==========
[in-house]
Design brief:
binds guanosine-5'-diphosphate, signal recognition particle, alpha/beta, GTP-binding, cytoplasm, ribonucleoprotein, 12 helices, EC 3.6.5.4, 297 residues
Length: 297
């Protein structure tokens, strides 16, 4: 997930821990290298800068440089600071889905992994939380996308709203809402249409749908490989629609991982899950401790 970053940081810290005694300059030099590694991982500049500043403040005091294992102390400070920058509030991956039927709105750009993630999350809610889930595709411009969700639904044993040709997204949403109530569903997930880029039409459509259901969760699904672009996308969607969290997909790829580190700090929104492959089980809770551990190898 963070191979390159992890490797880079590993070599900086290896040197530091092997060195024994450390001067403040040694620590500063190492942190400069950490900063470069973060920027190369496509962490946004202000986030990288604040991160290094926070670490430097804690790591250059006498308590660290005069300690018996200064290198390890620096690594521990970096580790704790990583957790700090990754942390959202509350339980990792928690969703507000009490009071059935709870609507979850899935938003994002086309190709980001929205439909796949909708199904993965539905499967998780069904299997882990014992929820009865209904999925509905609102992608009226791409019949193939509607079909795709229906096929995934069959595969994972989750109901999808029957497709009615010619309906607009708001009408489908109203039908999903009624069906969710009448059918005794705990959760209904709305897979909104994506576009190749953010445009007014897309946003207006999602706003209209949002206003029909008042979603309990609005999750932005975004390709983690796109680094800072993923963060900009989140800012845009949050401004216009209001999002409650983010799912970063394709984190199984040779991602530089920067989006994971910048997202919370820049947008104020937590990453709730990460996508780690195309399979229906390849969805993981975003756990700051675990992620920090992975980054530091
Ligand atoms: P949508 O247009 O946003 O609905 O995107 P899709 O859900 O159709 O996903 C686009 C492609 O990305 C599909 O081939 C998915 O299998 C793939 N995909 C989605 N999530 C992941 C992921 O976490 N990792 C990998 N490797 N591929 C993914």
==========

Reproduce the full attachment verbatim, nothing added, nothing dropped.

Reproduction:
[in-house]
Design brief:
binds guanosine-5'-diphosphate, signal recognition particle, alpha/beta, GTP-binding, cytoplasm, ribonucleoprotein, 12 helices, EC 3.6.5.4, 297 residues
Length: 297
């Protein structure tokens, strides 16, 4: 997930821990290298800068440089600071889905992994939380996308709203809402249409749908490989629609991982899950401790 970053940081810290005694300059030099590694991982500049500043403040005091294992102390400070920058509030991956039927709105750009993630999350809610889930595709411009969700639904044993040709997204949403109530569903997930880029039409459509259901969760699904672009996308969607969290997909790829580190700090929104492959089980809770551990190898 963070191979390159992890490797880079590993070599900086290896040197530091092997060195024994450390001067403040040694620590500063190492942190400069950490900063470069973060920027190369496509962490946004202000986030990288604040991160290094926070670490430097804690790591250059006498308590660290005069300690018996200064290198390890620096690594521990970096580790704790990583957790700090990754942390959202509350339980990792928690969703507000009490009071059935709870609507979850899935938003994002086309190709980001929205439909796949909708199904993965539905499967998780069904299997882990014992929820009865209904999925509905609102992608009226791409019949193939509607079909795709229906096929995934069959595969994972989750109901999808029957497709009615010619309906607009708001009408489908109203039908999903009624069906969710009448059918005794705990959760209904709305897979909104994506576009190749953010445009007014897309946003207006999602706003209209949002206003029909008042979603309990609005999750932005975004390709983690796109680094800072993923963060900009989140800012845009949050401004216009209001999002409650983010799912970063394709984190199984040779991602530089920067989006994971910048997202919370820049947008104020937590990453709730990460996508780690195309399979229906390849969805993981975003756990700051675990992620920090992975980054530091
Ligand atoms: P949508 O247009 O946003 O609905 O995107 P899709 O859900 O159709 O996903 C686009 C492609 O990305 C599909 O081939 C998915 O299998 C793939 N995909 C989605 N999530 C992941 C992921 O976490 N990792 C990998 N490797 N591929 C993914």